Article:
On the fourth day of the School, the participants, coordinated by Mrs. Assoc. dr. Maria-Luiza Oancea (Department of Classical Philology, University of Bucharest) read in Greek and translated the androgynous myth, narrated by the comedian Aristophanes in Plato's "Banquet", 189d-193b (text written in the middle period of the great philosopher's activity , between 384 and 379 BC). In this work, the guests of the banquet expose various theories of eros, the best known being the doctrine of eros narrated by Socrates, as transmitted to him by Diotima of Mantinea. In the passage proposed for translation, Aristophanes presents with great humor the period in which there were not two, but three human genera. The male gender was derived from the sun, the female gender from the earth, and the androgynous gender from the moon. Because of their immeasurable pride, the androgynes have been cut in half by Zeus and since then each is looking for his half in the world.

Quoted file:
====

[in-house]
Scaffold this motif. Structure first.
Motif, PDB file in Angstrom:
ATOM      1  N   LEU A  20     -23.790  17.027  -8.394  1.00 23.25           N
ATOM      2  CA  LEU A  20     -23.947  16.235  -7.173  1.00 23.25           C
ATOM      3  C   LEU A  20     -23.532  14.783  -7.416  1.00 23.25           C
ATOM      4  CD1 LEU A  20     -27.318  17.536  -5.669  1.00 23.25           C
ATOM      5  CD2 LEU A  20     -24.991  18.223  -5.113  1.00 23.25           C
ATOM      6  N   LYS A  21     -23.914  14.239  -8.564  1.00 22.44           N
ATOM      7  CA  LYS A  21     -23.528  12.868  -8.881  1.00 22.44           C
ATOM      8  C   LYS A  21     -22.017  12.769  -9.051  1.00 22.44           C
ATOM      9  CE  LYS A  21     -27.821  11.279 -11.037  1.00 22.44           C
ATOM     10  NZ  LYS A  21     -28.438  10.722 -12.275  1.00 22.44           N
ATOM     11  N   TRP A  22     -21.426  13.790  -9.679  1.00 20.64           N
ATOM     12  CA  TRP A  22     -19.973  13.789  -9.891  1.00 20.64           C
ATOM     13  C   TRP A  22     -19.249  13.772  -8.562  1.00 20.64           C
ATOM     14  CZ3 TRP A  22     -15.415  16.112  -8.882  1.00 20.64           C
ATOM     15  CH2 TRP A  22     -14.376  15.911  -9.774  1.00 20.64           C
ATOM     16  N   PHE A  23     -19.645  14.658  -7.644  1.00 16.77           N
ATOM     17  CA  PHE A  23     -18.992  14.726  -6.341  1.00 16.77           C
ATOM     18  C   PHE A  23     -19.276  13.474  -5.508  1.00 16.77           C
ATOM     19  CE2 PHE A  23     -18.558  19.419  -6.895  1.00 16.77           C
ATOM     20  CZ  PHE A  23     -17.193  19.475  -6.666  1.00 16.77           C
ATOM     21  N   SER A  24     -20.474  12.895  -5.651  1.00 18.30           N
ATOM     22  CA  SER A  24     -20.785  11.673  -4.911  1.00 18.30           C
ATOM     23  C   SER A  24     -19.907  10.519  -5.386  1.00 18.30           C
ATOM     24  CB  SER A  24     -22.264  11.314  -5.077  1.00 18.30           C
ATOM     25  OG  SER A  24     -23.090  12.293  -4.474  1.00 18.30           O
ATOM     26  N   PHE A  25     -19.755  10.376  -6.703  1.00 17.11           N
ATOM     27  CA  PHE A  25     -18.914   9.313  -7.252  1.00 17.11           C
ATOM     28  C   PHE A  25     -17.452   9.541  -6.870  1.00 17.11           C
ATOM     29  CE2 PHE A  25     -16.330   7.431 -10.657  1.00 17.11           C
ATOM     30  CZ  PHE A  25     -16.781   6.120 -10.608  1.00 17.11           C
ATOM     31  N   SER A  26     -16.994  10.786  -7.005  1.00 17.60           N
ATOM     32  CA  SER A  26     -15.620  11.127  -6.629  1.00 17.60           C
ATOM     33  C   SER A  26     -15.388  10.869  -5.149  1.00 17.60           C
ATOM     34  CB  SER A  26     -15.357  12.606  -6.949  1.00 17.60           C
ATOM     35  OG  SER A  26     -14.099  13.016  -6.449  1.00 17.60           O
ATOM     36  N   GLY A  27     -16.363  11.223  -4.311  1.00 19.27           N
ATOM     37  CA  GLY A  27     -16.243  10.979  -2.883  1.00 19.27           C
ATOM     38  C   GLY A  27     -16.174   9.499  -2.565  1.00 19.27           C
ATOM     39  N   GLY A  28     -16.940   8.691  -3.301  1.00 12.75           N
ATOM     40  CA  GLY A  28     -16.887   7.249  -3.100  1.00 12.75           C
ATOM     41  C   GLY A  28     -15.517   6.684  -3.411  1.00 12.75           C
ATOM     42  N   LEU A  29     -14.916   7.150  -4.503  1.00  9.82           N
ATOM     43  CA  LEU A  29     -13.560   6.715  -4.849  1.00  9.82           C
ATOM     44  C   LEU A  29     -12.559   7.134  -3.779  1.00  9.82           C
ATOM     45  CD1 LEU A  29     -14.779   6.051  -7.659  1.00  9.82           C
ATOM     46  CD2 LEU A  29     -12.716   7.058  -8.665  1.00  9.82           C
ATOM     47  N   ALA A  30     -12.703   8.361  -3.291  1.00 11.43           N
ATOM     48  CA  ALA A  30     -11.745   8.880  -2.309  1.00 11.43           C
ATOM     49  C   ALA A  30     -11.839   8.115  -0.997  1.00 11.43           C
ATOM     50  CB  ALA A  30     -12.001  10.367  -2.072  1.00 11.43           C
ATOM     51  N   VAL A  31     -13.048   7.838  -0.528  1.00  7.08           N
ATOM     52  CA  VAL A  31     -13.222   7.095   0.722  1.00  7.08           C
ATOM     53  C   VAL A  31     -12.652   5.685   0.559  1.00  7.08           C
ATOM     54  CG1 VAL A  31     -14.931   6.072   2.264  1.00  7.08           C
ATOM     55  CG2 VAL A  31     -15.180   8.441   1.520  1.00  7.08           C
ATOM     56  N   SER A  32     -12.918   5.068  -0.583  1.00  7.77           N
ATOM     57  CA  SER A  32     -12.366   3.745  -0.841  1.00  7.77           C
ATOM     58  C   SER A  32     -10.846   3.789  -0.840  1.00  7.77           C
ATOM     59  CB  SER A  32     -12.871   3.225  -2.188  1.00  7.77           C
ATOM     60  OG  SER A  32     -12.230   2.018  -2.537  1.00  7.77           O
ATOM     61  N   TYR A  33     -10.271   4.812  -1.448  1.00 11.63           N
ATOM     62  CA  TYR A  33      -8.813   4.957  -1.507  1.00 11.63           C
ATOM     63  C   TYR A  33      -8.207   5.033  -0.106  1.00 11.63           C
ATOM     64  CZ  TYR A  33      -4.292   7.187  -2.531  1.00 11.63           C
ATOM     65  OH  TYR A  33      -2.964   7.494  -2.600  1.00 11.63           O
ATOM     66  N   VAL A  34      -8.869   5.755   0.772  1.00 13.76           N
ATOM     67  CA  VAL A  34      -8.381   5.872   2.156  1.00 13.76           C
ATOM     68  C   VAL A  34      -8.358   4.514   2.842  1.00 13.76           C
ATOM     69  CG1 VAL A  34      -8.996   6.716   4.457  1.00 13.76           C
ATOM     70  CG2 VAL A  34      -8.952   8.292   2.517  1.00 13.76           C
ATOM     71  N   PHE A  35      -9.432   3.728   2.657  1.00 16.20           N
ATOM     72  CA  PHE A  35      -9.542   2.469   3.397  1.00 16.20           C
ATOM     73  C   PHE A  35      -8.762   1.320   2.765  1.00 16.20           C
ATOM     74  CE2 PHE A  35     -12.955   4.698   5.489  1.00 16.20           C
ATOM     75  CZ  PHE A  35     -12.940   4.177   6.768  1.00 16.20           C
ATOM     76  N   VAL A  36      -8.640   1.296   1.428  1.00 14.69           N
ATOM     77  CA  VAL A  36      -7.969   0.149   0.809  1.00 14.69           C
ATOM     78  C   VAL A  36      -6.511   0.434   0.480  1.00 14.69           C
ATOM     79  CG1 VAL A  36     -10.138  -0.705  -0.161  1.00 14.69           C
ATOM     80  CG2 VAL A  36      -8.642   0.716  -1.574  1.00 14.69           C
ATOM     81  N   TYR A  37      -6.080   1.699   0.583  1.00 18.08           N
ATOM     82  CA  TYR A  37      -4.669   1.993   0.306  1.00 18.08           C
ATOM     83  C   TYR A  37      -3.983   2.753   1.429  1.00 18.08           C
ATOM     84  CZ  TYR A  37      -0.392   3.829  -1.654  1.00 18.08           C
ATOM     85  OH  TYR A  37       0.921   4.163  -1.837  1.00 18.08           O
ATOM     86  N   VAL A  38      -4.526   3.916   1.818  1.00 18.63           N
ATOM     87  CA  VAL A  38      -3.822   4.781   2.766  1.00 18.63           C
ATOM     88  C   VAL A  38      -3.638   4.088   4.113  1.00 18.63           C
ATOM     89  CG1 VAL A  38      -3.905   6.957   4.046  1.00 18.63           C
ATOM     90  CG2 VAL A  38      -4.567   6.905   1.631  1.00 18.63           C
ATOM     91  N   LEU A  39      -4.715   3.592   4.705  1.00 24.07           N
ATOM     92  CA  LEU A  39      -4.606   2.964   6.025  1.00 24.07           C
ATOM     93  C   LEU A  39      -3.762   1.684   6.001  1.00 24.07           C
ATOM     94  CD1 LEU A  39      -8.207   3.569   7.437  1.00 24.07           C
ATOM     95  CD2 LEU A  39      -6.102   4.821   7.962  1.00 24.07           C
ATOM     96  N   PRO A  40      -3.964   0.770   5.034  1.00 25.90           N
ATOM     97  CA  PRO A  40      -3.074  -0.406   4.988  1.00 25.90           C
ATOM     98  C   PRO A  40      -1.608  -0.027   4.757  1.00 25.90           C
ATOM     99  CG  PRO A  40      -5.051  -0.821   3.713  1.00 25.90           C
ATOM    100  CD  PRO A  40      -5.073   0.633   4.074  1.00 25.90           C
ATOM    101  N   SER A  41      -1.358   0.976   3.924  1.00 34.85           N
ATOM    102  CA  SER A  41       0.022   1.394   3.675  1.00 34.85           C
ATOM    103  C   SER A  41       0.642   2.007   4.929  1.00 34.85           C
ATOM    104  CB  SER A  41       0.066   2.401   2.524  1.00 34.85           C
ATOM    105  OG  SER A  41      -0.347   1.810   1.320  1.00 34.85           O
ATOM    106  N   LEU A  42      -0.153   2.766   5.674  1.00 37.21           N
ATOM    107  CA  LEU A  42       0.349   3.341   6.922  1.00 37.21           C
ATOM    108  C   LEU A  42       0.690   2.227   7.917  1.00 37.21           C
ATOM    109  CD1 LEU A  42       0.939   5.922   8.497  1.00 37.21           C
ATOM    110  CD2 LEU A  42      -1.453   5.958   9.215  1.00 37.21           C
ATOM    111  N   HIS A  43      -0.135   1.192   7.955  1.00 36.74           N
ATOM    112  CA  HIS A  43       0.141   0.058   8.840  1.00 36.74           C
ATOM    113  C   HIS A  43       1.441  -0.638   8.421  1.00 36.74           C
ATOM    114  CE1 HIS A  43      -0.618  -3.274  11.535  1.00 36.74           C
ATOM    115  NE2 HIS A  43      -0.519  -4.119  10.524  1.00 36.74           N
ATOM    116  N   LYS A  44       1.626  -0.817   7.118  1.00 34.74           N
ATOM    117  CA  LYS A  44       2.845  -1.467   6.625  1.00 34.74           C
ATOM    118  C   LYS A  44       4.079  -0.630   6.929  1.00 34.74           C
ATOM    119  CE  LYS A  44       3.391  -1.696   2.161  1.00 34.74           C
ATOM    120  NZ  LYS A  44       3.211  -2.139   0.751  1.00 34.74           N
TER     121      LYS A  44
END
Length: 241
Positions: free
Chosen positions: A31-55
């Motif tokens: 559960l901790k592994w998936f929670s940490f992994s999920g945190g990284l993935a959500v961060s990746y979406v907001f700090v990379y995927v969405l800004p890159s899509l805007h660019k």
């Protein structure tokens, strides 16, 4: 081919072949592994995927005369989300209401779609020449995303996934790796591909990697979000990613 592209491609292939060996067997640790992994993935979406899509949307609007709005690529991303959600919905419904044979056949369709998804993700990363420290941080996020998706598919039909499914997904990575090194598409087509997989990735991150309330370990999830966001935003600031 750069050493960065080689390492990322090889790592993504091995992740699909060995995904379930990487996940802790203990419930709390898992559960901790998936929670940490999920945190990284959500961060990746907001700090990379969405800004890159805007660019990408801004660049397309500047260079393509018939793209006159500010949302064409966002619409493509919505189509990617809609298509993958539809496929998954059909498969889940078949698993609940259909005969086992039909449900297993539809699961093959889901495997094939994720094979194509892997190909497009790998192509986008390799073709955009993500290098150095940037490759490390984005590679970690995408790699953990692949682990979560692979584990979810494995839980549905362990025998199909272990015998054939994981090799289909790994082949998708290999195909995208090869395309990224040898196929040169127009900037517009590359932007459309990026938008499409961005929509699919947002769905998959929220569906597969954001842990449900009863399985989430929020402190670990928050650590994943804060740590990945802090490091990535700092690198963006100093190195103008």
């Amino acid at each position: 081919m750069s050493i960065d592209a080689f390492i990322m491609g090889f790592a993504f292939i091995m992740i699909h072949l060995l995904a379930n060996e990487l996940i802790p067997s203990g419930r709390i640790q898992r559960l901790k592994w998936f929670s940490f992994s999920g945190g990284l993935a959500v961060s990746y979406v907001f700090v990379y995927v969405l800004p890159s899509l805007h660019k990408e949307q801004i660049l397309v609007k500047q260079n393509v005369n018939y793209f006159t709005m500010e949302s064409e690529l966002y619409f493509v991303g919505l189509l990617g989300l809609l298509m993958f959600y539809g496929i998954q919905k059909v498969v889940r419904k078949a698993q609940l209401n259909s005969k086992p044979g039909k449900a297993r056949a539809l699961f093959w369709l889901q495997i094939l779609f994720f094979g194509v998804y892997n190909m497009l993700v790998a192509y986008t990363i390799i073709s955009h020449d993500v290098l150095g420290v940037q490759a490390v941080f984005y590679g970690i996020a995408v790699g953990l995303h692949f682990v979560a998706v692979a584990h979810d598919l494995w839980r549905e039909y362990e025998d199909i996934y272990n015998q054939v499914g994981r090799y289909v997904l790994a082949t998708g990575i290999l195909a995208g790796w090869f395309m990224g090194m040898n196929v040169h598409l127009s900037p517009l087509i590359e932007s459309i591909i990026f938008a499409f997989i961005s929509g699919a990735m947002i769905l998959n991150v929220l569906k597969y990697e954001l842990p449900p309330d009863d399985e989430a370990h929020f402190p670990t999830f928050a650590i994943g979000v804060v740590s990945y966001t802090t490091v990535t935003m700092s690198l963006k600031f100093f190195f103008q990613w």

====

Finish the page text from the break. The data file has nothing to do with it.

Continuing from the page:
In the second part of this session, a passage from the dialogue "The Politician" - 269c-273c (published around 365 BC) was translated, in which Plato uses various myths, as educational procedures: the myth of universal civilization, the myth of the retrograde cyclical motion of the universe, as well as the social myth of the golden age. Thus, the politician imagined by Plato should not be confused with a god or a divine shepherd, but is a pastor of the community and a weaver who can achieve the union of opposites.

The participants - mostly students in the Department of Classical Philology at the University of Bucharest - focused on the linguistic and stylistic features of Platonic texts.

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